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In Depth

Building Titan: The ‘world’s fastest’ supercomputer

About the author

John Pavlus is an award-winning filmmaker and writer focusing on science, technology and design topics. His work has appeared in Scientific American, Technology Review, Wired, National Public Radio, Nature Publishing Group, The New York Times Magazine, Fast Company, and elsewhere. He lives in Brooklyn, NY. 

An exclusive, behind-the-scenes look at the US bid to build a radical new machine, capable of solving some of the most complex questions in science today. Its secret: video game technology.

The sound of 20 quadrillion calculations happening every second is dangerously loud. Anyone spending more than 15 minutes in the same room with the Titan supercomputer must wear earplugs or risk permanent hearing damage. The din in the room will not come from the computer's 40,000 whirring processors, but from the fans and water pipes cooling them. If the dull roar surrounding Titan were to fall silent, those tens of thousands of processors doing those thousands of trillions of calculations would melt right down into their racks.

Titan is expected to become the world's most powerful supercomputer when it comes fully online at the US Oak Ridge National Laboratory, near Tennessee, in late 2012 or early 2013. But on this afternoon in mid-October, Titan isn't technically Titan yet. It's still a less-powerful supercomputer called Jaguar, which the US Department of Energy (DoE) has operated and continuously upgraded since 2005. Supercomputing power is measured in Flops (floating point operations per second), and Jaguar was the first civilian supercomputer to break the "petaflop barrier" of one quadrillion operations per second (a quadrillion is a one followed by 15 zeroes). In June 2010 it was the fastest supercomputer on Earth.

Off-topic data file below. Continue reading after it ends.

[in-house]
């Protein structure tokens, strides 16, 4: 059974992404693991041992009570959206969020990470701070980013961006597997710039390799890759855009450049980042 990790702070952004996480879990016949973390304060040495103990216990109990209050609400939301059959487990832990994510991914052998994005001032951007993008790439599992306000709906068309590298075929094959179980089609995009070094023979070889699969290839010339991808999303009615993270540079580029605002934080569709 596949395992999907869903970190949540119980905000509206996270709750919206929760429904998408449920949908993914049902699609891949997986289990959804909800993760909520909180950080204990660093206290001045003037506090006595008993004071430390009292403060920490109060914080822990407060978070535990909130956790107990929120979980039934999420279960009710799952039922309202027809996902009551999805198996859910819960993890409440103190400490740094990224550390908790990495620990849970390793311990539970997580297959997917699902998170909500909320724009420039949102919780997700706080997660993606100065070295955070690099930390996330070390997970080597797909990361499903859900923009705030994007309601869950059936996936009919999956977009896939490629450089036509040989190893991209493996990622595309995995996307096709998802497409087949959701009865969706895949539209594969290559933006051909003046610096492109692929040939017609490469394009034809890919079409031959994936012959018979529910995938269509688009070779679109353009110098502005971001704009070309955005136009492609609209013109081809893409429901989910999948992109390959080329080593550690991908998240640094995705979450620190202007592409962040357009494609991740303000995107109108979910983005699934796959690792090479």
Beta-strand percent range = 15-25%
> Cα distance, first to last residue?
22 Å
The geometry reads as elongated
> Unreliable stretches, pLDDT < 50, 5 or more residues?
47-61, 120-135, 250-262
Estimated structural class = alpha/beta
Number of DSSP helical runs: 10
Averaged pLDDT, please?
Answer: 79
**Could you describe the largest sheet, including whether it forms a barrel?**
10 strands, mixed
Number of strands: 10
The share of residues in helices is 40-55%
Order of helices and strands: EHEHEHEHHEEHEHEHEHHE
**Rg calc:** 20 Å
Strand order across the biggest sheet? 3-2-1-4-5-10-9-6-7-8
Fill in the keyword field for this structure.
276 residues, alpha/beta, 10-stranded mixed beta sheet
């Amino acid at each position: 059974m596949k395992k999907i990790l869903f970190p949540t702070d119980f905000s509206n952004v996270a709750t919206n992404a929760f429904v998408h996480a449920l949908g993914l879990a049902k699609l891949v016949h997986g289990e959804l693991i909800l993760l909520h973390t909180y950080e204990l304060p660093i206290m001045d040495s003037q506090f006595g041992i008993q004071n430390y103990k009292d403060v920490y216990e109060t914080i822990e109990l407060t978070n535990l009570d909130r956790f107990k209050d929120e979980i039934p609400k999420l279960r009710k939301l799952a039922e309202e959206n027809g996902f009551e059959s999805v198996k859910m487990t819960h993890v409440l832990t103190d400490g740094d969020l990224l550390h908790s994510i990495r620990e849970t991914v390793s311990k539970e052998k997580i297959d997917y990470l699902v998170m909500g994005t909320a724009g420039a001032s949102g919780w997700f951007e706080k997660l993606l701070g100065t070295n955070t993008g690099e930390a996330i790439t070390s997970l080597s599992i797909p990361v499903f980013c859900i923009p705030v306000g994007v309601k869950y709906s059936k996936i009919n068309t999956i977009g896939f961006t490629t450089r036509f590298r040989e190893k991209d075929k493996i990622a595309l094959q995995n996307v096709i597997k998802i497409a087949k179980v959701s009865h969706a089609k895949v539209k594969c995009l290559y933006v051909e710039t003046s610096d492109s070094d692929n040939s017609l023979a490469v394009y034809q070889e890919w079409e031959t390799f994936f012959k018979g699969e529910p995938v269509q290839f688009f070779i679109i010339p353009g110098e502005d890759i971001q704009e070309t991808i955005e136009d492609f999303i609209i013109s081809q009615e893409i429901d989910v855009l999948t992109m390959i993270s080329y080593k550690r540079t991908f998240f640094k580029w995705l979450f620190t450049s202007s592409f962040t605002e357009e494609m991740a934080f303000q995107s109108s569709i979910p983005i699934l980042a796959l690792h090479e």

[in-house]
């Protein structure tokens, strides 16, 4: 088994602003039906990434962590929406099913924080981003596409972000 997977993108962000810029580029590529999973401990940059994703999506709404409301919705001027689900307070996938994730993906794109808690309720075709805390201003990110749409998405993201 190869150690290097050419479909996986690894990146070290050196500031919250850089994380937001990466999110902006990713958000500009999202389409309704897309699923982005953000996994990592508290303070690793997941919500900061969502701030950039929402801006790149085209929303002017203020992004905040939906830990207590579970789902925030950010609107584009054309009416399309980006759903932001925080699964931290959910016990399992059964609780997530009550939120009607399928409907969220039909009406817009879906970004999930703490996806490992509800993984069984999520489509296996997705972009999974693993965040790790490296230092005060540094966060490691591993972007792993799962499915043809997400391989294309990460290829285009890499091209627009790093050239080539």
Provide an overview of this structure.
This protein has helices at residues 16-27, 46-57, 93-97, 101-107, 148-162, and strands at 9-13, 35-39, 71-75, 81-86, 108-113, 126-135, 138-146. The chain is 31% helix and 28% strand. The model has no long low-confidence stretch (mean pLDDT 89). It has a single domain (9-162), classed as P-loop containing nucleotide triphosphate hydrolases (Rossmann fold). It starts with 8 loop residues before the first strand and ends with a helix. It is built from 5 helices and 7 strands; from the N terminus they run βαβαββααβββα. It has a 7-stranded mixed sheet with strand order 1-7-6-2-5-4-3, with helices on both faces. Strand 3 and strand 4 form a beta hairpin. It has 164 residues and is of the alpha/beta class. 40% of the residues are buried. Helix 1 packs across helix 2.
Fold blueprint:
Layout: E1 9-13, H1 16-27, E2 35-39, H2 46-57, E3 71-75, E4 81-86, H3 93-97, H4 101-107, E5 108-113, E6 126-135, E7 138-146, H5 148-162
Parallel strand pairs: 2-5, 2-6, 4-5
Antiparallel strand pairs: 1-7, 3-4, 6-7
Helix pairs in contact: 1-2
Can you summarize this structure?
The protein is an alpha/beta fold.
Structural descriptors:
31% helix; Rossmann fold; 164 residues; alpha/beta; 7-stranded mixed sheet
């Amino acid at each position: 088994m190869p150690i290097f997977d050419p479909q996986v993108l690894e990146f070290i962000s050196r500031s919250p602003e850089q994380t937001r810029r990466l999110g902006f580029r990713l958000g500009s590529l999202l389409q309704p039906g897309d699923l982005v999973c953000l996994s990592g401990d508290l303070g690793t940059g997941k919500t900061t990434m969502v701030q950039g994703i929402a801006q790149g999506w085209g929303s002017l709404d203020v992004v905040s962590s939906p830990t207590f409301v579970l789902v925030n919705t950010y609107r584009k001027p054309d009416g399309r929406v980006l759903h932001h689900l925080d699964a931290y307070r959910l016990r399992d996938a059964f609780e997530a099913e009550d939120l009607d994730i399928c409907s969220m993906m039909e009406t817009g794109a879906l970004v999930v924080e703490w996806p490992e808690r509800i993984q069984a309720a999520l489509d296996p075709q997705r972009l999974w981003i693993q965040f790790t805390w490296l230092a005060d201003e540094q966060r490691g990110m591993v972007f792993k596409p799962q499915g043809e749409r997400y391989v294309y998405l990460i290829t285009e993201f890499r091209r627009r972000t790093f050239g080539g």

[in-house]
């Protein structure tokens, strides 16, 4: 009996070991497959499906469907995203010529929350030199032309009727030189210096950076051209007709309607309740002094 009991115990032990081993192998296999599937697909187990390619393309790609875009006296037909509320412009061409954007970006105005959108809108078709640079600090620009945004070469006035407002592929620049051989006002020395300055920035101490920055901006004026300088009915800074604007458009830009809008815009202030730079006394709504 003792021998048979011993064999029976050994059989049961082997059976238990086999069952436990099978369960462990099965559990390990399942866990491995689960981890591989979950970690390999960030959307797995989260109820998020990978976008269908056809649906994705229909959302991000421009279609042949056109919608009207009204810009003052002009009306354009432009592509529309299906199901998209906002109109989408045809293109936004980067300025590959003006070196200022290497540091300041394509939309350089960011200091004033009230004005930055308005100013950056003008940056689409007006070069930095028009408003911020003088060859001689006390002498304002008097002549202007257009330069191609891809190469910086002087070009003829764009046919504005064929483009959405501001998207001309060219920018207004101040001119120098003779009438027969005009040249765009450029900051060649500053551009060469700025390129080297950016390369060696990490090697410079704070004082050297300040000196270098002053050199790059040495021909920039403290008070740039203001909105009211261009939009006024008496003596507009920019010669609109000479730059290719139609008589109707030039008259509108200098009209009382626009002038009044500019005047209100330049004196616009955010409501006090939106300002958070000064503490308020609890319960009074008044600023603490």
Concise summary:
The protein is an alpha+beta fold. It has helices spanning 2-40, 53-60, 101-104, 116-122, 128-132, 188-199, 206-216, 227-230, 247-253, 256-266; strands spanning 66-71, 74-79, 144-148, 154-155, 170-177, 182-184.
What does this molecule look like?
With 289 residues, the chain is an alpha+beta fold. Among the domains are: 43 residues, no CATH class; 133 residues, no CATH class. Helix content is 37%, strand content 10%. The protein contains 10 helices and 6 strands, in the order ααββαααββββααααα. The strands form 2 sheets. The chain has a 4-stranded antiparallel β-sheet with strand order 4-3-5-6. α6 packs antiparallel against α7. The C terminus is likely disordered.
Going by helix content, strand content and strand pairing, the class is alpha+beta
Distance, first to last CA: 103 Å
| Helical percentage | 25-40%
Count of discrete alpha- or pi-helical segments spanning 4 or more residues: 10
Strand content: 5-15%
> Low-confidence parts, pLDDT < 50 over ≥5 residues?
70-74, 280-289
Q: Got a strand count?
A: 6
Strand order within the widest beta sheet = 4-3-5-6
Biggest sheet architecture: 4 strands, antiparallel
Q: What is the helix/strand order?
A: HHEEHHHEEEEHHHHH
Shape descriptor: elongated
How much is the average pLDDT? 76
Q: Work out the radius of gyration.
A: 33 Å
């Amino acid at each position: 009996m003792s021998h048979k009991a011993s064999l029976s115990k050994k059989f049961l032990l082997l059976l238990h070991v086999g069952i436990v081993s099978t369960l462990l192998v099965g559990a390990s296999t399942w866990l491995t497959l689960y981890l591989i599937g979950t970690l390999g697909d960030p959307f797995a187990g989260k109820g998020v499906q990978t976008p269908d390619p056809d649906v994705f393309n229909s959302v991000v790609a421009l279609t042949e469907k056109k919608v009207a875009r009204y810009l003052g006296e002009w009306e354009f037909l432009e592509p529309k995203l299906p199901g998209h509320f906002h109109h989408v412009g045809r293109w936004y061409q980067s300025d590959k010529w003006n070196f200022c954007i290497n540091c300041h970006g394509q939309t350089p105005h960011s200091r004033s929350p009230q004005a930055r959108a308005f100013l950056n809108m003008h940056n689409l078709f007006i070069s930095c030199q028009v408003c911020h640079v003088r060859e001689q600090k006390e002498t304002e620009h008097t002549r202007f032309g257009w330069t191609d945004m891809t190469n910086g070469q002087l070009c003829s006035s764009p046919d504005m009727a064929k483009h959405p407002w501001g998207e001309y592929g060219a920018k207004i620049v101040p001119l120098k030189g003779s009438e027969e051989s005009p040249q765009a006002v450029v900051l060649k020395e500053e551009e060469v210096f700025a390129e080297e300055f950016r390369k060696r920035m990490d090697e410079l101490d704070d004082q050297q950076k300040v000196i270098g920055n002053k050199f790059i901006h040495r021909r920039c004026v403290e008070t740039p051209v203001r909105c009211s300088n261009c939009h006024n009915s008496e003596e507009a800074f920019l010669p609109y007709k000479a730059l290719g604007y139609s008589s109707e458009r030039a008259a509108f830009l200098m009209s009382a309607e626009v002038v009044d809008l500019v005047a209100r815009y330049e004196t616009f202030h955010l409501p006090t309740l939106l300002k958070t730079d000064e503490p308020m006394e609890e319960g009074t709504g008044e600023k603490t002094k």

But high-performance computing records don't last long: a Chinese machine pushed Jaguar into second place just six months later. Then in October 2011, the supercomputer design firm Cray announced that it would transform Jaguar into a new machine that could retake the number-one spot, with an estimated peak performance of 20 petaflops.

Cray's blue-jacketed technicians have been pacing up and down Jaguar's catacomb-like aisles for months, opening its 200 monolithic black cabinets and sliding out its processor blades like enormous safe-deposit boxes. Jaguar's brain surgery takes place on spartan worktables that wouldn't look out of place in a hobbyist's garage. A technician fits a paperback-sized ingot of metal and silicon into an empty space in the blade and fastens it into place with a battery-powered screwdriver. The ingot contains a graphics processing unit, or GPU. Cray has installed one of these GPUs alongside every one of Jaguar's 18,688 CPU chips. It's this "hybrid architecture" that will turn Jaguar into Titan, packing an order of magnitude more computing horsepower into the same amount of physical space.


GPU-accelerated supercomputers burst onto the world stage in 2010, when China's Tianhe-1A machine overtook Jaguar as the fastest supercomputer on earth. "It came out of nowhere," says Wu-chun Feng, a high-performance computing expert at Virginia Tech. "China didn't even have a high-performance computing program." Instead of relying solely on expensive, highly customized, multicore microprocessors, Tianhe-1A got a speed bump by using "off the shelf" GPUs made by Nvidia, whose chips power the displays of video-game consoles and consumer laptops. Titan takes the same approach using the same chip design that powers the ultra-high resolution Retina display on Apple’s Macbook Pro. These intricate squares of silicon will provide 90% of Titan's peak supercomputing performance.

So, what do video-game graphics have in common with high-end scientific computing? Simulation. "About ten years ago, we observed that the chips we designed for gaming were starting to look more like general purpose processors for simulating physics," says Sumit Gupta, Nvidia's senior director of high performance GPU computing. "When you'd shoot a tree in a video game and it would fall, you'd want it to look natural, so the simulations became more and more complex."

At the same time, redrawing every pixel on an HD laptop screen 60 times per second also requires so-called parallel computation. "This is why GPUs are designed to run hundreds of calculations at the same time very efficiently," says Steve Scott, Tesla chief technology officer at Nvidia. "It turns out that this is very similar to the way high performance scientific computing is done, where you're simulating the climate, or the interactions between drug molecules, or the airflow over a wing."

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